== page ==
A Tai Chi Dictionary for Some Foreign Concepts
Sooner or later anyone practicing tai chi will stumble across words or concepts which seem quite foreign. The first is to be expected, when one hears the occasional Chinese word during tai chi instruction—par for the course, even in Western classes. But grasping some of the concepts, especially around the energy work, may require a different way of looking at things.
This section provides a brief dictinary and roadmap for navigating through the energy work of tai chi.
Qi, the Life Force . The movements of tai chi, combined with attention and intention, help to increase our qi, or life force. Those rich with this life force feel wonderfully alive and strong. A deficit of qi can lead to fatigue or disease, and ultimately, death.
Although many may not even be aware of qi, everyone can develop an awareness of qi. This may initially be an awareness of warmth or juiciness from better blood flow. However, with practice, a direct sensation of qi can be learned.
Tai chi practices allow us to directly feel, to work with, and to increase qi.
Energy Meridians . Qi flows along the main energy meridian lines—the same as those needled by acupuncturists—throughout the body. Good health requires good qi flow—strongly and smoothly circulated throughout the body.
Blockages from injury or tension can block qi flow. The movements of tai chi are a way to free this blocked energy. Tai chi can restore and ensure good qi flow to all parts of the body.
The Lower Tantien
. Qi can also flow along other major and minor energy channels. All meet meet at the Lower Tantien, an energy center located 3-4 fingerwidths below the navel in the center of one’s body.
This energy center can store and transform qi. The Lower Tantien pulls in qi from the energy channels. The Lower Tantien then cleans it by reducing stagnant qi before sending it back out to the body.
In addition to transforming qi, the Lower Tantien can also store qi for the future.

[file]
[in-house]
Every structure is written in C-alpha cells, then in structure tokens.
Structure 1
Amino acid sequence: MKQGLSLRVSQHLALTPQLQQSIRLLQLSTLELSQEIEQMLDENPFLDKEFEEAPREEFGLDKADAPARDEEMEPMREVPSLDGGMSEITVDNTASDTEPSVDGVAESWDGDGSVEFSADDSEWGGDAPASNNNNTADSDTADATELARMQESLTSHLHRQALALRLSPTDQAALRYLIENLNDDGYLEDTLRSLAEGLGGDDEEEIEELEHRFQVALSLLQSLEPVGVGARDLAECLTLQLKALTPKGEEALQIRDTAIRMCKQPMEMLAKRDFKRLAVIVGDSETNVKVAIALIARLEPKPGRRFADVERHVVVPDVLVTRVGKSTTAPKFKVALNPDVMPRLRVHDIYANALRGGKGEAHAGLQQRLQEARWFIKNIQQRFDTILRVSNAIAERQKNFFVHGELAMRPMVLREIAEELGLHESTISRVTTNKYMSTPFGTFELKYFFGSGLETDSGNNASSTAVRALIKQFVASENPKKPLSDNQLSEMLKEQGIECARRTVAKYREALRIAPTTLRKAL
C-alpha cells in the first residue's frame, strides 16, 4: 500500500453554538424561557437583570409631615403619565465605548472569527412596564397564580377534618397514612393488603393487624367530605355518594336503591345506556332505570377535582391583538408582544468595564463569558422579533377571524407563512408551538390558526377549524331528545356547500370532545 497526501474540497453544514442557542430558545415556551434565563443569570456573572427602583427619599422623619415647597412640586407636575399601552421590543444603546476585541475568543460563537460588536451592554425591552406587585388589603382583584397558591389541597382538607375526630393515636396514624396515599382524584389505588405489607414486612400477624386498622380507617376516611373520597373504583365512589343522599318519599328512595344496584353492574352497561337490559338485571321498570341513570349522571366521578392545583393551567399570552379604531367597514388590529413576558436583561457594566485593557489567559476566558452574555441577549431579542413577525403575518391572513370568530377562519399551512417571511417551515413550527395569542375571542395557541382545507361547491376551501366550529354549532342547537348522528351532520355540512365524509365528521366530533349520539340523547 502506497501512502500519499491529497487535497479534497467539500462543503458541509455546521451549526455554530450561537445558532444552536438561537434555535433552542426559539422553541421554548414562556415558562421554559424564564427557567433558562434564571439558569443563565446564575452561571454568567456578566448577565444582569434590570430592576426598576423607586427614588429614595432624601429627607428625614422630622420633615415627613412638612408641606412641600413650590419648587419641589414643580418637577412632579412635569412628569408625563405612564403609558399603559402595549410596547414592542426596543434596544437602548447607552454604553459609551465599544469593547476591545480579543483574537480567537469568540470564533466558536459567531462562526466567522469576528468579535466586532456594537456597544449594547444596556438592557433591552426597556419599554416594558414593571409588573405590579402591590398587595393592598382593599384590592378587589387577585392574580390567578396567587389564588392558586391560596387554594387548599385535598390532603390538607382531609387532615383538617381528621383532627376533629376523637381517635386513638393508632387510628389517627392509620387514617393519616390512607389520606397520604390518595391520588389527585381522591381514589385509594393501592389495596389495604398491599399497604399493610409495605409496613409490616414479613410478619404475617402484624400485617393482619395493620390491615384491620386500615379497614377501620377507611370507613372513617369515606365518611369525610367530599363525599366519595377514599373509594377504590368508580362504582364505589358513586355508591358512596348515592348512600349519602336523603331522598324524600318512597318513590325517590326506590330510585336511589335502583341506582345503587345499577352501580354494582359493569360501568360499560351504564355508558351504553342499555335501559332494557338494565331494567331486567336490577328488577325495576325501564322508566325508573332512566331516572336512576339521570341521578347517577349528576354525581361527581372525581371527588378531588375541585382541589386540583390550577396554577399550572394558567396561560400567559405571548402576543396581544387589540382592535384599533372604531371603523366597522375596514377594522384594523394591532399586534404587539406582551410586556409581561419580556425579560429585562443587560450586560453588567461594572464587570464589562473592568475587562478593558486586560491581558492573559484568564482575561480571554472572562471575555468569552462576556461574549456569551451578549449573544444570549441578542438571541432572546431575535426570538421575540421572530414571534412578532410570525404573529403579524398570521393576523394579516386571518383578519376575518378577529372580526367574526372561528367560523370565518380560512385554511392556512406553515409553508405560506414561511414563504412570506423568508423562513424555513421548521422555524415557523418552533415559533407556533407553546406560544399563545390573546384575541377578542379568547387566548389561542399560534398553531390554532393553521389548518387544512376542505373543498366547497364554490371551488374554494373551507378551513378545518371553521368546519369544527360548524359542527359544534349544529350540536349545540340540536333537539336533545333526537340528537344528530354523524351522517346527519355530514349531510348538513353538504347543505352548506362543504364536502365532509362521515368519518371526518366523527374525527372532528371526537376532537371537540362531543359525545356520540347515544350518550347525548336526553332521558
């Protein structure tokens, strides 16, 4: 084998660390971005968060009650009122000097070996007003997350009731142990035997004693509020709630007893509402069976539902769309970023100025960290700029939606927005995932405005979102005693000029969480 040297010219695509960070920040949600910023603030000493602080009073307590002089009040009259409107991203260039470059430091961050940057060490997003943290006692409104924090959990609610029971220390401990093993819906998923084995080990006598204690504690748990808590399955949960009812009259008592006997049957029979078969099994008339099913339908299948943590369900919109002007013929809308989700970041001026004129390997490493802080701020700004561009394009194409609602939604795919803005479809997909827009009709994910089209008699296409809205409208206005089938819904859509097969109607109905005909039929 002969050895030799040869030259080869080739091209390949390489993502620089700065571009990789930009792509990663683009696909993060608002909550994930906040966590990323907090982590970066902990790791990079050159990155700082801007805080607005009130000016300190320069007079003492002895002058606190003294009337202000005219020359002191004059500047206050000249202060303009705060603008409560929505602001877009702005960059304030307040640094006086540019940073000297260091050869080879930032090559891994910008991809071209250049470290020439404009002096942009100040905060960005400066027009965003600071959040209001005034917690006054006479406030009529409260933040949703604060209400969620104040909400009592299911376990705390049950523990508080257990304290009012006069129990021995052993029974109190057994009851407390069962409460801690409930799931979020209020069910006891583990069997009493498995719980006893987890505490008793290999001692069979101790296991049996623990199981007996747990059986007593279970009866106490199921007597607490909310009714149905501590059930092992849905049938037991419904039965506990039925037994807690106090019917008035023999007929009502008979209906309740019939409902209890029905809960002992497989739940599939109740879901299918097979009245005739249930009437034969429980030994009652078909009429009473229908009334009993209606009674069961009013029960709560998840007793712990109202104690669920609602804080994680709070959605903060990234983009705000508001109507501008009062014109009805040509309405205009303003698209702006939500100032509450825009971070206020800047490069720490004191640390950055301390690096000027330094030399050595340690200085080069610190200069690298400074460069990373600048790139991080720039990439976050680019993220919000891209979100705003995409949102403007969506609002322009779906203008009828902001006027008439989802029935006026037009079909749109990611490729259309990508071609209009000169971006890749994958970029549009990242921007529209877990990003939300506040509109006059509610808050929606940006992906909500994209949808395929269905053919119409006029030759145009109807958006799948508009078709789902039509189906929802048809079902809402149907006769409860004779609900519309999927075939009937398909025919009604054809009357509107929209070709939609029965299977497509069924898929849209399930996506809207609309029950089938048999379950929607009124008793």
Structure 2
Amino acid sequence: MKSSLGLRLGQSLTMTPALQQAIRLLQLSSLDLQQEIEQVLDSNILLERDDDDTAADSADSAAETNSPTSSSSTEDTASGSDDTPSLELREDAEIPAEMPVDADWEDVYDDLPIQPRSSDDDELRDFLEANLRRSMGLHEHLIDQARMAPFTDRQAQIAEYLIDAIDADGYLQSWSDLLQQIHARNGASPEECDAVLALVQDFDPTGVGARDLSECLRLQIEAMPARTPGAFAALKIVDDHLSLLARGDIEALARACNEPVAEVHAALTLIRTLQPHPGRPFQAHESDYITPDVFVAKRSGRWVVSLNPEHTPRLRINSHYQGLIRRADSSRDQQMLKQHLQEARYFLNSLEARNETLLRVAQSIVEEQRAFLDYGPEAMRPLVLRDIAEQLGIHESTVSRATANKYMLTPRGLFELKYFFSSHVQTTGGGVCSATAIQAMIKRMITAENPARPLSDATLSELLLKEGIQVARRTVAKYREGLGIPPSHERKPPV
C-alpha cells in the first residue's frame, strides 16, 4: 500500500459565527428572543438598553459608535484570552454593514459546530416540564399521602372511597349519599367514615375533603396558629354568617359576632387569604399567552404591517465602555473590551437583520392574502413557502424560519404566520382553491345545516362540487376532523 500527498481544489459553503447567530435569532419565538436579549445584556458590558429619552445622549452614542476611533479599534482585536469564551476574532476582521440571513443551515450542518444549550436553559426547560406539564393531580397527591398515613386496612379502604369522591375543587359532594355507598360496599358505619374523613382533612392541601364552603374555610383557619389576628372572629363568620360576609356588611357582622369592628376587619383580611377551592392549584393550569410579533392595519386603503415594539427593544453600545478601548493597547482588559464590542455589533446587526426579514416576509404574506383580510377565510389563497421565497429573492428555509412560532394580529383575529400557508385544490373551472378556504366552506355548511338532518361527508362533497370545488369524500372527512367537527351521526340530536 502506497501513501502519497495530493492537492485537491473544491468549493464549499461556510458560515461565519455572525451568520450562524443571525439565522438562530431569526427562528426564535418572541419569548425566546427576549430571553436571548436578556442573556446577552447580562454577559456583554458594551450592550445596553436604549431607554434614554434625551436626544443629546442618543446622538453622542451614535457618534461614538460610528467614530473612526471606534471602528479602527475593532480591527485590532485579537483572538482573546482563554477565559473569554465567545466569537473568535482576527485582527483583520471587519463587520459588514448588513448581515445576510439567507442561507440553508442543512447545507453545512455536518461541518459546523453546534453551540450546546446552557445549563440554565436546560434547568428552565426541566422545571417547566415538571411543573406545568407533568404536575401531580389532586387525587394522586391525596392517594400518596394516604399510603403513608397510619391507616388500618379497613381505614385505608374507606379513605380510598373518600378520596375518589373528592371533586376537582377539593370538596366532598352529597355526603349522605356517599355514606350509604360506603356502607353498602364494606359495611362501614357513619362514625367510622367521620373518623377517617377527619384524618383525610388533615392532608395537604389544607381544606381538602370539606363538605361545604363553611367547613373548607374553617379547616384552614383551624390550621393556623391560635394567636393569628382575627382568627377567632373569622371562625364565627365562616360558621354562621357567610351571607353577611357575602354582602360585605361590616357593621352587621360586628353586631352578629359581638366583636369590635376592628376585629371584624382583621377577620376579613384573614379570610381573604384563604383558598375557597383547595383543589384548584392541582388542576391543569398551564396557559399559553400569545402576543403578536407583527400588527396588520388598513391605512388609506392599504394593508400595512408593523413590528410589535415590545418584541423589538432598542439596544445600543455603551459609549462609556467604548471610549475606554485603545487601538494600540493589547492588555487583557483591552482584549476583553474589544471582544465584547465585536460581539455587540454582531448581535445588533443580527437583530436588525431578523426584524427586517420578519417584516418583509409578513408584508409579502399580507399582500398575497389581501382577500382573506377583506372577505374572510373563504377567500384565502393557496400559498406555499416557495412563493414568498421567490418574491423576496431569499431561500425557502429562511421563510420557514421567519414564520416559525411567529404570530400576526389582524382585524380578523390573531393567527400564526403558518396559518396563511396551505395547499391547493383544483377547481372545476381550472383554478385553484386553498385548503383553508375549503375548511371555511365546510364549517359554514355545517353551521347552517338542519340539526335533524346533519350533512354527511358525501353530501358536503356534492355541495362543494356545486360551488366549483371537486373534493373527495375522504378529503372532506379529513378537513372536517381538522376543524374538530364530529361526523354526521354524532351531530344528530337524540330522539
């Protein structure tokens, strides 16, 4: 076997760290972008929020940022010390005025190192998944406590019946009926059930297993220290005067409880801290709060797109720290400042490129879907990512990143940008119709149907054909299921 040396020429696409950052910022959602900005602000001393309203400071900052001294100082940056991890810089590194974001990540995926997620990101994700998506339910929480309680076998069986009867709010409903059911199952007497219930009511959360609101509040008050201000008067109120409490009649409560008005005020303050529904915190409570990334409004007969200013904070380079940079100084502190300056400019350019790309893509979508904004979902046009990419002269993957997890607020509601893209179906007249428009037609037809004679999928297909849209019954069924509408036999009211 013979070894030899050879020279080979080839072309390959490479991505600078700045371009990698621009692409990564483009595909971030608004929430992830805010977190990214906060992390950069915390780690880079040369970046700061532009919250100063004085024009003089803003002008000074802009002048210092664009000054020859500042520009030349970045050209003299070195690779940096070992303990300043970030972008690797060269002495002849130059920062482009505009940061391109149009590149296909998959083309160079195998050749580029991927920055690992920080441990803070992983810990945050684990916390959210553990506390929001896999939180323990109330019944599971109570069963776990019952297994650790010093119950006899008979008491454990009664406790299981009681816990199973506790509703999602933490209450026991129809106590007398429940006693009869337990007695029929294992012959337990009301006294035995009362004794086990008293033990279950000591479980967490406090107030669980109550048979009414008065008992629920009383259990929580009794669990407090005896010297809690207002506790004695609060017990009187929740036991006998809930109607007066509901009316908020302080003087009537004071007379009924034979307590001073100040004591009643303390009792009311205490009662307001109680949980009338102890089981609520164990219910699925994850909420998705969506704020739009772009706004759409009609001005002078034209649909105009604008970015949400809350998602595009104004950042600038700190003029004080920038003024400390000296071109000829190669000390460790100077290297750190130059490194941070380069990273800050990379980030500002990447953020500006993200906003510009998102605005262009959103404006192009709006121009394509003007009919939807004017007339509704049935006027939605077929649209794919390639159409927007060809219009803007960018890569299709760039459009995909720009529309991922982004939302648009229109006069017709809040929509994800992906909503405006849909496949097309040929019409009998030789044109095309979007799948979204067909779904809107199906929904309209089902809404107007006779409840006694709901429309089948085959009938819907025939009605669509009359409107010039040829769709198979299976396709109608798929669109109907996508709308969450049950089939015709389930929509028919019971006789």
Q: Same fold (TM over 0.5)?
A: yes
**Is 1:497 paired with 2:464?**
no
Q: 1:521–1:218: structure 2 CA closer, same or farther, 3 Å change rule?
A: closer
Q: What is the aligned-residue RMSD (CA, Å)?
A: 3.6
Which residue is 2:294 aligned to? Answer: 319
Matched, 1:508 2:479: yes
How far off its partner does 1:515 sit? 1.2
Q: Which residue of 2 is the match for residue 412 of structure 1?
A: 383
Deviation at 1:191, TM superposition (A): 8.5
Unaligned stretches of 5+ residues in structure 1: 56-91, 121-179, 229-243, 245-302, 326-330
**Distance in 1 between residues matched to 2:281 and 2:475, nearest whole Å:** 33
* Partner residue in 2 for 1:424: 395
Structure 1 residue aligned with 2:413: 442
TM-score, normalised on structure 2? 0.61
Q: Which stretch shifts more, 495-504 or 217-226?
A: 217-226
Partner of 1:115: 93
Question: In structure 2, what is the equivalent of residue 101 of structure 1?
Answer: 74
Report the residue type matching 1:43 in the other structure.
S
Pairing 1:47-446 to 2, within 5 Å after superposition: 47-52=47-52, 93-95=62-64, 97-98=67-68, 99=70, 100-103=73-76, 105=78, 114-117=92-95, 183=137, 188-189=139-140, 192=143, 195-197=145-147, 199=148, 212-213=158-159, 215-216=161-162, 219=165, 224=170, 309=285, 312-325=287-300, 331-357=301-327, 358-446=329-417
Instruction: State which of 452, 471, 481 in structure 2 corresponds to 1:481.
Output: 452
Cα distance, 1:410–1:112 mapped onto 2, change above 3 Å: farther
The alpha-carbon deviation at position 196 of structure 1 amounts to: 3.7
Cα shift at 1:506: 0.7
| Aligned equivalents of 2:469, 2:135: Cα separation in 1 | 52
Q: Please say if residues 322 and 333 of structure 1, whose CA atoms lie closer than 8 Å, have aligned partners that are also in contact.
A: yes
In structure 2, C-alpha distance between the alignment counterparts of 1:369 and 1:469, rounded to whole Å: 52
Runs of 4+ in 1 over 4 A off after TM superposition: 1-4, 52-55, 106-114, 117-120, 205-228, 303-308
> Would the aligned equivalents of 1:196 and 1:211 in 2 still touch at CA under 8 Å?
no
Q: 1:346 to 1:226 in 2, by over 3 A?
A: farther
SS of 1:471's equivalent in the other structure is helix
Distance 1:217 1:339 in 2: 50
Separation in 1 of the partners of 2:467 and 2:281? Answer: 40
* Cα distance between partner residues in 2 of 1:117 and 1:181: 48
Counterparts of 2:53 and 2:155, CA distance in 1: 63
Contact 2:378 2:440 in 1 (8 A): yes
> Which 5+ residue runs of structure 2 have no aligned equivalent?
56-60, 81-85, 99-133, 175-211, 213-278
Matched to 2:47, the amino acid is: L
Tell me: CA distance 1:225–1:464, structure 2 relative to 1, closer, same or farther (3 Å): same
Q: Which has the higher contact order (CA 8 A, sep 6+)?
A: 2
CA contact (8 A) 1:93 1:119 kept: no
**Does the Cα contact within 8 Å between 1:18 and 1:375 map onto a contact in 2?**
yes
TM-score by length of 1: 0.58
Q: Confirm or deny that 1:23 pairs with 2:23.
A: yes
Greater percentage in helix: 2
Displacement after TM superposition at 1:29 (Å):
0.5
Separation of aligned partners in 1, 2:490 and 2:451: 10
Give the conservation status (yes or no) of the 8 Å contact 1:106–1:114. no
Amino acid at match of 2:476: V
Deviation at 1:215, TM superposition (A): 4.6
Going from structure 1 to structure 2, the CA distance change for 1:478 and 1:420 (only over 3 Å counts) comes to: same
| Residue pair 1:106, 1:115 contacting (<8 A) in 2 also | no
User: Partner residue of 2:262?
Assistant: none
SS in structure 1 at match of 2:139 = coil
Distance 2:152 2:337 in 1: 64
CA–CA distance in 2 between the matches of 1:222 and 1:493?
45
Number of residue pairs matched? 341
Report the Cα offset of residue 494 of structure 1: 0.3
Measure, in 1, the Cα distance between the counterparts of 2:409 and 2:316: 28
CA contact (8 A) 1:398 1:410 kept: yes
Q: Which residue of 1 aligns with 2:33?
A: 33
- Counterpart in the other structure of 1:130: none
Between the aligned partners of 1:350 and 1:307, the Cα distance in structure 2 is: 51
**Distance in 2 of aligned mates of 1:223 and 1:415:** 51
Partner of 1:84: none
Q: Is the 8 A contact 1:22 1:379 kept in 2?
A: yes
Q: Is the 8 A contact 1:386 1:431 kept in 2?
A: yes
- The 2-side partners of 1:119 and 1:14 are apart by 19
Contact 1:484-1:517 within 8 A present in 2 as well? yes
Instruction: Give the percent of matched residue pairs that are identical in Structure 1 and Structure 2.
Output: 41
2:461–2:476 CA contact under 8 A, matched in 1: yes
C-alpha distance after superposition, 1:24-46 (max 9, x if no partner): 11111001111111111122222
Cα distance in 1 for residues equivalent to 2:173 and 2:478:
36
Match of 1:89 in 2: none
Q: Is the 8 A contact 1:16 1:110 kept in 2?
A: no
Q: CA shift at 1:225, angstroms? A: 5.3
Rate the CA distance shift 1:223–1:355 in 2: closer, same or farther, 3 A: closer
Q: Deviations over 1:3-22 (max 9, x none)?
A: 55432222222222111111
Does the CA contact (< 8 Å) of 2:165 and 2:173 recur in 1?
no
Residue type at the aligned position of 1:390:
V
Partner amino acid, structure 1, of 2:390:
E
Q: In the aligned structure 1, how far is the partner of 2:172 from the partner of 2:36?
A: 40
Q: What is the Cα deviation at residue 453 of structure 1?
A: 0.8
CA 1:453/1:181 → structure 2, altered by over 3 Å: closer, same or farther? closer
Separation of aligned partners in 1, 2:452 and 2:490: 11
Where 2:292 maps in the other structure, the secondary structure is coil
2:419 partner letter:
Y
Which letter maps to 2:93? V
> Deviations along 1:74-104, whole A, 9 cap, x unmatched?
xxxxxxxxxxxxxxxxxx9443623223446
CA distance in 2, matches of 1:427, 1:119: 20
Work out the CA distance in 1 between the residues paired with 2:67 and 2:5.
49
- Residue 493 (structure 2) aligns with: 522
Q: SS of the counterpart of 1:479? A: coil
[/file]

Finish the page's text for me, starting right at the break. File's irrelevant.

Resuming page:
Tai chi practitioners become better able to store and to release qi from the Lower Tantien.
. Close to the Lower Tantien is the kwa. This is the area near where the legs join the body. The kwa is critical for energetically joining the lower and upper body. Moving the kwa—opening and closing this area, just one can open and close the elbow joint—causes a lot of qi movement. It also enhances the movement of lymphatic fluid, important for a healthy immune system.
Tai chi also relies on proper alignments of the kwa and legs for rooting.
Proper Body Alignments . Qi flow is optimized with proper body alignments. This includes bones, joints, and internal organs.
Even seemingly tiny adjustments in body position can yield big gains in qi flow.
Tai chi teaches us how it feels to be in proper alignment—within our bodies as well as in the world.
The Hardest Concept: Relax . Proper body alignments can’t be held or achieved through tension. This last concept may be the most foreign or most difficult for many. But, just relax. When the body is relaxed, energy can flow better. Conversely, more tension translates to poorer energy flow.
To test this, make a fist. Make it as tight as possible and hold it. After awhile, the hand becomes numb and white. When you finally release the clenched fist, the fingers are stiff and curled. The tension of holding the fist blocked the normal energy flow.
In tai chi, the body and mind are relaxed. Tai chi is not about forcing results, but about being relaxed for optimal energy flow.
Why not start a mini tai chi session right now? Begin by simply taking some deep, slow breaths and relaxing…
Next: Read about Tai Chi and Qi Gong